I work with images. Printed images. Figurative images, mainly photographic, found in newspapers and magazines, in fleamarkets and antiquaries or in private, family albums.
What interests me in those images is...
- A certain visual quality of indeterminacy, a certain blurr, a lack of sharp contours, which is very common in old photographs.
- A certain subject. It can be space, natural or urban, people, animals or objects, in landscapes, portraits, or so-called "genre scenes" of daily life.
- A certain feeling. Something odd, strange, out of place, decontextualized, uncomfortable, even frightening, like scary weather, desolate places, with signs of destruction, desagregation or abandonment.
What do I do with them? How do I use them?
I paint from them. Which means, I use them as reference. Sometimes - and that's what I've been doing lately - I copy them so as to create some sort of illusion, making them look like the images they already are. «A two-dimensional illusion of a two-dimensional object.» (Gombrich)
Sometimes I copy them through marks as precise as possible. Other times, I interpret and slightly modify them, exploring issues of structure, visual balance, composition and expressiveness, through colour and brushwork.
What are my references in Art History to do this kind of work?
- Fresco paintings from Antiquity and the Renaissance (mural paintings, picturing landscapes and "groteschi").
- The tradition of the "trompe l'oeil", in Antiquity (specially Etruscan and Roman) and in the classical tradition, from the Renaissance to the Realists of the 19th century.
- All the work (either drawings, paintings or engravings) of the "painterly painters", from the 15th to the 19th century: Tiziano, El Greco, Velasquez, Rembrandt, Rubens, Guardi, Tiepolo, Watteau, Goya, Turner, Daubigny, Manet and the Impressionists, Bonnard and Van Gogh.
- More contemporary outcomes, like the work of Gerhard Richter and Michael Borremans (two painters who admittedly bring to their paintings the visual qualities and atmosphere of printed images) and Haris Epaminonda (an artist working mainly with found images and objects, to create disruptive environments, disturbant to perception, either in three dimensions or in books).
What are the sources/materials from visual culture that I refer to in this kind of work?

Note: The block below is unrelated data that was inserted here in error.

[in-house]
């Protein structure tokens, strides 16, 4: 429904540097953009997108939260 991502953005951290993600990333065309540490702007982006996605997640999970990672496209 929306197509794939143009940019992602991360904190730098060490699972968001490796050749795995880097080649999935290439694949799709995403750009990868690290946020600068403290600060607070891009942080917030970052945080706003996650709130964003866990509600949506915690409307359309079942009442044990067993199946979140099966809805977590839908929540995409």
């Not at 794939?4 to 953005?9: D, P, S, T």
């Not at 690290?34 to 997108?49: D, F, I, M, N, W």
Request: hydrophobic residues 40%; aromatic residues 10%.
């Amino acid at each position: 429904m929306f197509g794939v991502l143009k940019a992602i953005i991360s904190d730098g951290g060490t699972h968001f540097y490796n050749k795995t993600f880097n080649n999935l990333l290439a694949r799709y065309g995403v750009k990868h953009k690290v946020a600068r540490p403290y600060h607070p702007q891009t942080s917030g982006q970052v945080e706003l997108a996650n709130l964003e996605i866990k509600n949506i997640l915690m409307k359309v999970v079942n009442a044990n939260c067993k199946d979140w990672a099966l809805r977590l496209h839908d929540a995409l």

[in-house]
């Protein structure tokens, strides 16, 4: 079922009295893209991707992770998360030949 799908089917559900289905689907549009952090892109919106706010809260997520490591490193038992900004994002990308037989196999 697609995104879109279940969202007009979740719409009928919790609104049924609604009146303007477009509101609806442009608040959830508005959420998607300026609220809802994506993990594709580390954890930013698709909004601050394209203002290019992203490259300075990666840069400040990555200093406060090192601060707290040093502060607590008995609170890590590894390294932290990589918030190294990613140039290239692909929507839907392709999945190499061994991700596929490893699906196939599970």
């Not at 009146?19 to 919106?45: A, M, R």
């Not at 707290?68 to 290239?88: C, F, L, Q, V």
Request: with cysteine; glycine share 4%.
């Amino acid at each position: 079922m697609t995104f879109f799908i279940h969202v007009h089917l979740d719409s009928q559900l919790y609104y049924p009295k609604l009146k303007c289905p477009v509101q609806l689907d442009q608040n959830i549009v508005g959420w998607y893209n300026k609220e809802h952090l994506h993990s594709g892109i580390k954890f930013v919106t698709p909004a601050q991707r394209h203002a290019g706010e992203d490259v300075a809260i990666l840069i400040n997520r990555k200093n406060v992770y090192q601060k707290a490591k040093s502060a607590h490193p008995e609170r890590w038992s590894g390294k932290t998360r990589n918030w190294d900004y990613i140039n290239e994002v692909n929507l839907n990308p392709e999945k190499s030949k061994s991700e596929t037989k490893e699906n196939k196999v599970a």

- Photography, specially from artist-photographers or movie directors (the portuguese-french Gérard Castello Lopes and the iranian Atom Egoyan would be two of a big spectre of authors).
- Cinema (as art, not as entertainment).
- Old Books and other memorabilia.
What are my aims? What do I want to achieve? What do I expect? What am I really interested in?
The western culture is full of images. But of all the images that happen to cross our way, only a very small percentage are we able to look at. And of those few images, we actually see - meaning that we look at them for more than two seconds - very little (if its content or shape really interests us, or if, even uninterested, we happen to dedicate to them some care and attention).
Questions arise, when looking at an image: What is happening? How is the content represented? Is there any hidden meaning? Are there any unconscious motivations? What connections are there to be explored? And what questions is it asking?
In my current research, I use images to slightly transform them. Either because I translate them to a different medium, and because I allow myself to make little shifts to the pictures that I use.
I believe that those two things are very powerful transformers of the picture, the result being that the viewer can start to see in a different, more attentive, way.
Like Douglas Huebler once said, «the world is full of objects, more or less interesting. I do not wish to add any more». I also don't want to (simply) add any more images to the world. Enough is enough.
But there's one thing that interests me, and that thing is a way of looking and pointing to a certain content. In order to do that in painting, new images have to be created.
As I use painting - a specific medium with a specific "language" - which is so much connected to tradition - I feel able to establish a continuity with the painters that came before me, I feel able to contribute to a dialogue that started long ago in the History of Art.